→ continued from above

One thing I remember hearing (I hope I’m getting this right) is how as a young boy he would go to a Jewish neighbour’s house on the Shabbat to light their candles, and be given a piece of matzo bread, which he considered a treat. In later years, when Jewish families were forced to leave their/his hometown (between 1933-1937) he regularly cycled to the ghetto in the city nearby, sent by his parents with food parcels. Why did it not occur to me to beg him to tell me more?

When Hitler rose to power in January 1933 my dad was seven. What kind of games did he play, and with whom? What did he read? What were children taught at his school? What did the family (incl. maiden-aunts) speak about at the dinner table? What sense did he make of Jewish families disappearing from his small town? Jewish pupils from his class? Playmates from the yard? Why did I not ask him when he was alive? Was it so important to keep history at bay that almost everything, even a child’s life, became subsumed by the silent ‘and’ between ‘before’ and ‘after’, the ‘and’ standing in for the Third Reich and the unspeakable horrors wrought in its name? Fact is: I know and try to unknow. All the time.


A couple of years ago I bought what was listed as a 1930’s baby’s sailor-suit on ebay. It arrived carefully pressed and folded in layers of tissue paper and the moments of unwrapping were precious. A gift from the past – even if I’d given it to myself. I acquired the little outfit because I remembered a photograph of my dad as a small boy, wearing a sailor-suit. I wanted to get my hands on a real one, let it stand in for what hasn’t come down to me – objects from my father’s childhood which I could touch, explore, tell stories through.

I’m trying to keep my practice as varied as possible, and as I happened on two items that had belonged to him, I thought I’d lay out and photograph a collection of bits and pieces and see how they connect. Another sketch of sorts, bringing together things I’d kept after my father’s death, an old childhood photograph, and work I’ve made, materials I use. I count the little suit as material, part of the process.

I often think of a long ago visit to Kate Murdoch‘s beautiful studio, filled to the brim with objects which came into her possession after her beloved nana died. Many are kept in boxes, others arranged and re-arranged on shelves, table-tops and walls – a rich and real inheritance, around which her practice revolves.

You may remember that I declared a post it-note a heirloom (post#94). As an object it is neither beautiful nor of great substance or monetary value – it speaks to me and me only of my father’s affection and generosity at a certain time. There is something else I consider a heirloom, my absolute favourite actually, a no-thing, without material manifestation: it’s a word, a word tingling with colour and childhood pleasure (bonus: if you google it you don’t get any hits) – but I’ll keep that for another day. My father would have had no idea about my emotional investment of said word or post it-note, nor that I’d one day try to explore my place in history through his memory. I wished he were around, would like to ask him ever more, but know I wouldn’t have embarked on this project while he was still alive, and the questions that arise while I artle away would have stayed mute in me.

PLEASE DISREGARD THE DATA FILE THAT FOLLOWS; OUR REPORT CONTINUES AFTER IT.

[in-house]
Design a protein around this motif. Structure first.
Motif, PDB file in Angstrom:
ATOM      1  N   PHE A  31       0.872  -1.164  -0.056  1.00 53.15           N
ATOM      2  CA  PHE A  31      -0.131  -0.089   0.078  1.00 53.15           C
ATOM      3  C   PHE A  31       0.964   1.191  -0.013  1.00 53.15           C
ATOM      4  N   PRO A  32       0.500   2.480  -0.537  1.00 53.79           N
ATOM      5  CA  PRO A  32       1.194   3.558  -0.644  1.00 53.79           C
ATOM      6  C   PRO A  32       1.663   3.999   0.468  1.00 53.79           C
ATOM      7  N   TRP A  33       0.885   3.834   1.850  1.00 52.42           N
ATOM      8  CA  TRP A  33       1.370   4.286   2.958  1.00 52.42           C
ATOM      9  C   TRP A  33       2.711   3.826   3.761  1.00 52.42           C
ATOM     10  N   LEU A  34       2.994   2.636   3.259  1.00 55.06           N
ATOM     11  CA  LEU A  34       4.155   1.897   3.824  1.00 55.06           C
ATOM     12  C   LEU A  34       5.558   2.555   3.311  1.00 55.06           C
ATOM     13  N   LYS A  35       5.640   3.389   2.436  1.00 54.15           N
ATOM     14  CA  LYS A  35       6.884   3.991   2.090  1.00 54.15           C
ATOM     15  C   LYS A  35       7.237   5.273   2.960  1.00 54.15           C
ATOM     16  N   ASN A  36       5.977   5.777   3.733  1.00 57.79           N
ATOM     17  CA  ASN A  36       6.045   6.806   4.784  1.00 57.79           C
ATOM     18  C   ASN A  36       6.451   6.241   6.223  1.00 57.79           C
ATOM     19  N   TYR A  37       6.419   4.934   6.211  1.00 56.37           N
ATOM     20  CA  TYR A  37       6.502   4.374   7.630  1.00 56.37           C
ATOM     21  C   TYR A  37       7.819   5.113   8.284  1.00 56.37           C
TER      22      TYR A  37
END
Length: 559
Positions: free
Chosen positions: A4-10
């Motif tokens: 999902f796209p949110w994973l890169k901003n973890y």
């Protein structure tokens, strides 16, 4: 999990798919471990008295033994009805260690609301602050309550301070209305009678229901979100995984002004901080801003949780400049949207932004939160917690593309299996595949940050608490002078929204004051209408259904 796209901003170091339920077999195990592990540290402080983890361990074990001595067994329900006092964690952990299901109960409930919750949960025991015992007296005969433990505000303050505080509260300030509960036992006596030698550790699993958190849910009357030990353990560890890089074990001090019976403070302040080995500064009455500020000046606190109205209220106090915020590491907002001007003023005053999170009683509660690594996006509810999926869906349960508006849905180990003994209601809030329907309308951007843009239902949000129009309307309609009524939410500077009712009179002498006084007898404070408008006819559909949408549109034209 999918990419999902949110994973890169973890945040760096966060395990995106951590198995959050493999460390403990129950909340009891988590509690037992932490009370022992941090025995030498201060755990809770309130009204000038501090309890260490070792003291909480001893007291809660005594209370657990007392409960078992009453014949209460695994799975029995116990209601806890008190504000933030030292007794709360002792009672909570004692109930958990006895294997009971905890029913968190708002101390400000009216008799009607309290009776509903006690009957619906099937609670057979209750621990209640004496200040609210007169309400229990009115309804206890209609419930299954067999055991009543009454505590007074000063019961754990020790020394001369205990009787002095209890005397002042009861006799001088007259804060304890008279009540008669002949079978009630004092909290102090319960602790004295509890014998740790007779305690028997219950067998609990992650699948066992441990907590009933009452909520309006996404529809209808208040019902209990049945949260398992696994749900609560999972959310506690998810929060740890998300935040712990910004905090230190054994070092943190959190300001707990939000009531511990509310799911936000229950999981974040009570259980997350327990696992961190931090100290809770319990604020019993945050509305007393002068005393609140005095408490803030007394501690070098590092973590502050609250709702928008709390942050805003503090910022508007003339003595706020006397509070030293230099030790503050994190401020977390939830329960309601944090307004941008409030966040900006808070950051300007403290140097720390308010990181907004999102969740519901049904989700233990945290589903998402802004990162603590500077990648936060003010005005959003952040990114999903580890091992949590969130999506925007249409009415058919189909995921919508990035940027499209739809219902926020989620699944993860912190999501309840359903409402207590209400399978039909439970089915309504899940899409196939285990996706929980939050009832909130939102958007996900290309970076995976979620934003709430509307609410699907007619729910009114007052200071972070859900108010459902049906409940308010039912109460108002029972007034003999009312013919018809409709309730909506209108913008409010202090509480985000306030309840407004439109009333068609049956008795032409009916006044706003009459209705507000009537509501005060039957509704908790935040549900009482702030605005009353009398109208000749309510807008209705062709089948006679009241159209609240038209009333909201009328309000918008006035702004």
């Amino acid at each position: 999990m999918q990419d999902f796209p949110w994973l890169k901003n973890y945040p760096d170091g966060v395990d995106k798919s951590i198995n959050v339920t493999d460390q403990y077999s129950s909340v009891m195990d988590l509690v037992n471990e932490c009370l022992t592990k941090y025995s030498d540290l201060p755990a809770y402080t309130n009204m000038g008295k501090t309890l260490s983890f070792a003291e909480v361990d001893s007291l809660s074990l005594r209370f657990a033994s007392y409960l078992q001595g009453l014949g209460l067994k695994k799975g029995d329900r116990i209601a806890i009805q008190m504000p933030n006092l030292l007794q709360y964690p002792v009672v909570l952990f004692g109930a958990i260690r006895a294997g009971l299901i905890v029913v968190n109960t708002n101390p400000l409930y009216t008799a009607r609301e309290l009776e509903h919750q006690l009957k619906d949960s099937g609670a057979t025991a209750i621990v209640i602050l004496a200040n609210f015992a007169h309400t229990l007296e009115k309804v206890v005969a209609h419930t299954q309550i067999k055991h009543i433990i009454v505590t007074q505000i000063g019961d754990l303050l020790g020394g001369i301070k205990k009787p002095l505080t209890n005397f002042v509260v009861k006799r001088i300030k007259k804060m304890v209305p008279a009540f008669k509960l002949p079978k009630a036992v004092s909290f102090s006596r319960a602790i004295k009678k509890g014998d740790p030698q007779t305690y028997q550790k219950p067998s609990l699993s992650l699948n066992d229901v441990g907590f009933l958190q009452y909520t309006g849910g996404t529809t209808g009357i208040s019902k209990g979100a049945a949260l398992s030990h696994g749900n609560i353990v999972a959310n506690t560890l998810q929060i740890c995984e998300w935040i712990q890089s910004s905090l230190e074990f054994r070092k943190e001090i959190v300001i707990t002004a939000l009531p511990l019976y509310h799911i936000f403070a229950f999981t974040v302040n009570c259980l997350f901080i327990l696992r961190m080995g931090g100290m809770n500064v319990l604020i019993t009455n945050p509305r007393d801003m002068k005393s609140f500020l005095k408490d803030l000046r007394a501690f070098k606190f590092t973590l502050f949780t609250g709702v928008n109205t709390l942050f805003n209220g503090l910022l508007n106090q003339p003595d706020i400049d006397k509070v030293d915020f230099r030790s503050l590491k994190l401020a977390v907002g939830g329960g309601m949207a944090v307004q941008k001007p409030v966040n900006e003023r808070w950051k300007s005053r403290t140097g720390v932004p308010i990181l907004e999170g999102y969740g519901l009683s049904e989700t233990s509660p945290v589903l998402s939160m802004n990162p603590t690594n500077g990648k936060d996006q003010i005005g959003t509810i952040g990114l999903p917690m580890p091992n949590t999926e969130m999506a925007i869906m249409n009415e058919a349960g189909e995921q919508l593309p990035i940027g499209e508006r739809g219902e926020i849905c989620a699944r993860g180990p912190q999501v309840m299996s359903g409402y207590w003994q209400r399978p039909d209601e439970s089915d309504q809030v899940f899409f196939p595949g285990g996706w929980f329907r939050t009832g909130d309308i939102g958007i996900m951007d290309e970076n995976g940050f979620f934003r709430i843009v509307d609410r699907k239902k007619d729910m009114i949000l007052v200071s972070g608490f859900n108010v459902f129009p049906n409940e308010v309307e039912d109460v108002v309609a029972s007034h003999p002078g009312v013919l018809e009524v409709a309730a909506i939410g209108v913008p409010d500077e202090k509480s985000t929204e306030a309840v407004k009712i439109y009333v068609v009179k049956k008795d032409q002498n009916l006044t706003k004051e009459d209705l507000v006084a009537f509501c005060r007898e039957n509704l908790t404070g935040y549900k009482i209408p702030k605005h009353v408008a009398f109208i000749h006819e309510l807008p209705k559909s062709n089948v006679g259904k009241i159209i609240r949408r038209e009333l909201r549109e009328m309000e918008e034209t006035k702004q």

Whenever I looked at the photographs of my dad in PoW- and Reichsarbeitsdienst-uniform the little sailor-suit hovered at the back of my mind. I’m not very good at guessing a child’s age, but assume my dad was around four years old when he posed for the photo with his older brother. Sailor-suits (Sunday best here?) came in fashion in Germany in the 1870s, spreading from the UK where a trend started after Queen Victoria’s oldest son, Albert Edward, Prince of Wales, had appeared in public, at the age of four, wearing a tailor-made sailor’s uniform. By the turn of the century sailor-suits were ubiquitous, worn by boys and girls, and you can easily buy cards and photos on ebay, where ‘cuteness’ pops up as the main qualifier. More troubling is how contemporary concepts of masculinity charged these outfits for ‘little men’ with the glorification of the navy, and ultimately: patriotism and militarism, on both sides of the North Sea. The expression of pride in one’s nation takes an esp. haunting turn (looking back that is) in the photo on the cover of Walter Benjamin‘s Berlin Childhood around 1900 which shows him as a five year-old, clad in a soldier’s dress uniform, holding flag and sword, because his parents believed they had a stake in the country that betrayed them a few decades later.


1. Vintage 1930s baby boy’s sailor-suit acquired on ebay

2. B/w copy of photograph of my dad and his brother in sailor-suits, taken 1929/30

3. Much used small leather neck-pouch

4. Photo of tissue paper shoes with crèpe-paper laces which I made 2002, moulded on a pair of black shoes which I took after his death

5. Manual for his camera Voigtländer Vitomatic II (first made 1958/59)

6. Collage from copy of photo of my dad in Reichsarbeitsdienst-uniform

7. Yellow post it-note inscribed in handwriting, biro, mid 90s

8. Brown metal handle from brown cardboard suitcase, with leather label attached holding paper stamped with his name/our address (dad added D for Deutschland/Germany in handwriting, which indicates that he/we travelled abroad; holidays in Austria mid 60s, later he travelled for work)

9. Black balloon